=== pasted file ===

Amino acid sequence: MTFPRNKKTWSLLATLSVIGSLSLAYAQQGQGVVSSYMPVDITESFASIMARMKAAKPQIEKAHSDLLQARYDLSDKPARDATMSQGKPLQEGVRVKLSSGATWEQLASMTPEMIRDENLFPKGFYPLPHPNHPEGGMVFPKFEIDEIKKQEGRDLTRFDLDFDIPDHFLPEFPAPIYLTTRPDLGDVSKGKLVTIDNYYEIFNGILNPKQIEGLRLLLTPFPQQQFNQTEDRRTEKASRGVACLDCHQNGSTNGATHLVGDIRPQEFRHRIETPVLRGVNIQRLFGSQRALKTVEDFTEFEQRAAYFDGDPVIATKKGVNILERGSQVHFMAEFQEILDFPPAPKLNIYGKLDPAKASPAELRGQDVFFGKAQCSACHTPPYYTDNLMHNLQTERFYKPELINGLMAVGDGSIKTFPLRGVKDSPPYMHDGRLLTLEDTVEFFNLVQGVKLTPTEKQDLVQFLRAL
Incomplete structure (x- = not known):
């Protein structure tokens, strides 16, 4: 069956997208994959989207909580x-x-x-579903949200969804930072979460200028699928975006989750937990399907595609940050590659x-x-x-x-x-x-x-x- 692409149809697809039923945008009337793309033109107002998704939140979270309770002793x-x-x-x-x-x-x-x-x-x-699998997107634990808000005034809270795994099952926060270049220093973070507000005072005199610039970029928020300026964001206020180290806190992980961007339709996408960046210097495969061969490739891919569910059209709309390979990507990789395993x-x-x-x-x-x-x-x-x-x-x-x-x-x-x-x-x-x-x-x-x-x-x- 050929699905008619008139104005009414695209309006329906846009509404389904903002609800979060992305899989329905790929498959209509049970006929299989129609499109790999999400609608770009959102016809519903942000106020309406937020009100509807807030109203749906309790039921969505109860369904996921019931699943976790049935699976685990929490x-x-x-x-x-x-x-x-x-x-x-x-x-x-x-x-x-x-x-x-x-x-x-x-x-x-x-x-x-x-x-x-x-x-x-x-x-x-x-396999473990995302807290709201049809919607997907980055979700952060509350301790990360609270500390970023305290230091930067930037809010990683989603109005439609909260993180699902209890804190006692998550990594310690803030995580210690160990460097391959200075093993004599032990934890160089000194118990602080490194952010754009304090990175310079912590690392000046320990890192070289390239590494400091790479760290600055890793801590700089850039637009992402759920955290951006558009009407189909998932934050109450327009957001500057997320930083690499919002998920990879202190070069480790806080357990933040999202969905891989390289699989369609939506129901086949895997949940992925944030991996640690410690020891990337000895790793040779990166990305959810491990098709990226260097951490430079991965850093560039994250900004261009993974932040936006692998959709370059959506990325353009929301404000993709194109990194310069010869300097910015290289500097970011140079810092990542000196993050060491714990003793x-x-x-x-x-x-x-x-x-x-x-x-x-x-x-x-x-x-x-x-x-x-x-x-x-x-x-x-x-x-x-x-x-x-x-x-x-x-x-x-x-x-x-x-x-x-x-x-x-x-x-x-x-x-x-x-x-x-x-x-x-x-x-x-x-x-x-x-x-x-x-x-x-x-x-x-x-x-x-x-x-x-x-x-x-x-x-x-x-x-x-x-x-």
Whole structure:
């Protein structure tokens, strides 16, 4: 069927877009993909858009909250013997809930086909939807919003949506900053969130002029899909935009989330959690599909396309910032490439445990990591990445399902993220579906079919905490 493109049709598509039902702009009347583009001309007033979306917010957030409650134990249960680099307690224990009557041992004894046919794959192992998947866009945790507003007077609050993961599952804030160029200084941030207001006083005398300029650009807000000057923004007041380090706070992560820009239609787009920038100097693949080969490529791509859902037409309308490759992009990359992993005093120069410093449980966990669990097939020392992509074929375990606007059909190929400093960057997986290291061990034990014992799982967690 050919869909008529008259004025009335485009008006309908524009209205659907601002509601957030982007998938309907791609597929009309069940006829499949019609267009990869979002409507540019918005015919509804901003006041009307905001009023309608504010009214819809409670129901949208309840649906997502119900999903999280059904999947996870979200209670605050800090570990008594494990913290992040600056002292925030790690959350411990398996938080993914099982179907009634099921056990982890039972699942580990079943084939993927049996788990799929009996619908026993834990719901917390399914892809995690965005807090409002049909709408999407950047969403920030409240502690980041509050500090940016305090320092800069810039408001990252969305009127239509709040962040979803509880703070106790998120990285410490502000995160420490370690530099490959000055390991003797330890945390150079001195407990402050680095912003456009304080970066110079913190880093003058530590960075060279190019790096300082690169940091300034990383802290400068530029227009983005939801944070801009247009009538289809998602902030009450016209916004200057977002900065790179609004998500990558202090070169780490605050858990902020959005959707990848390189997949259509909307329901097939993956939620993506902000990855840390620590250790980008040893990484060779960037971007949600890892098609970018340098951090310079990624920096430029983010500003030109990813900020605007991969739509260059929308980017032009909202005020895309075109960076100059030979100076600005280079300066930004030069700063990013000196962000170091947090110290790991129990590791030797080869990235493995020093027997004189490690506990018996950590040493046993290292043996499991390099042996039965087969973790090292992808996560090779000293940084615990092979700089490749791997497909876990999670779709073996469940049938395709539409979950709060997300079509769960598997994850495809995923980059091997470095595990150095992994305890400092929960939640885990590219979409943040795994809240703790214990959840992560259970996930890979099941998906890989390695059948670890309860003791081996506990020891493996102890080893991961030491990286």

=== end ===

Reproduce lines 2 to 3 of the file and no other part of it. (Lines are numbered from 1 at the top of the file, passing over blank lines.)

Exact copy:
Incomplete structure (x- = not known):
């Protein structure tokens, strides 16, 4: 069956997208994959989207909580x-x-x-579903949200969804930072979460200028699928975006989750937990399907595609940050590659x-x-x-x-x-x-x-x- 692409149809697809039923945008009337793309033109107002998704939140979270309770002793x-x-x-x-x-x-x-x-x-x-699998997107634990808000005034809270795994099952926060270049220093973070507000005072005199610039970029928020300026964001206020180290806190992980961007339709996408960046210097495969061969490739891919569910059209709309390979990507990789395993x-x-x-x-x-x-x-x-x-x-x-x-x-x-x-x-x-x-x-x-x-x-x- 050929699905008619008139104005009414695209309006329906846009509404389904903002609800979060992305899989329905790929498959209509049970006929299989129609499109790999999400609608770009959102016809519903942000106020309406937020009100509807807030109203749906309790039921969505109860369904996921019931699943976790049935699976685990929490x-x-x-x-x-x-x-x-x-x-x-x-x-x-x-x-x-x-x-x-x-x-x-x-x-x-x-x-x-x-x-x-x-x-x-x-x-x-x-396999473990995302807290709201049809919607997907980055979700952060509350301790990360609270500390970023305290230091930067930037809010990683989603109005439609909260993180699902209890804190006692998550990594310690803030995580210690160990460097391959200075093993004599032990934890160089000194118990602080490194952010754009304090990175310079912590690392000046320990890192070289390239590494400091790479760290600055890793801590700089850039637009992402759920955290951006558009009407189909998932934050109450327009957001500057997320930083690499919002998920990879202190070069480790806080357990933040999202969905891989390289699989369609939506129901086949895997949940992925944030991996640690410690020891990337000895790793040779990166990305959810491990098709990226260097951490430079991965850093560039994250900004261009993974932040936006692998959709370059959506990325353009929301404000993709194109990194310069010869300097910015290289500097970011140079810092990542000196993050060491714990003793x-x-x-x-x-x-x-x-x-x-x-x-x-x-x-x-x-x-x-x-x-x-x-x-x-x-x-x-x-x-x-x-x-x-x-x-x-x-x-x-x-x-x-x-x-x-x-x-x-x-x-x-x-x-x-x-x-x-x-x-x-x-x-x-x-x-x-x-x-x-x-x-x-x-x-x-x-x-x-x-x-x-x-x-x-x-x-x-x-x-x-x-x-």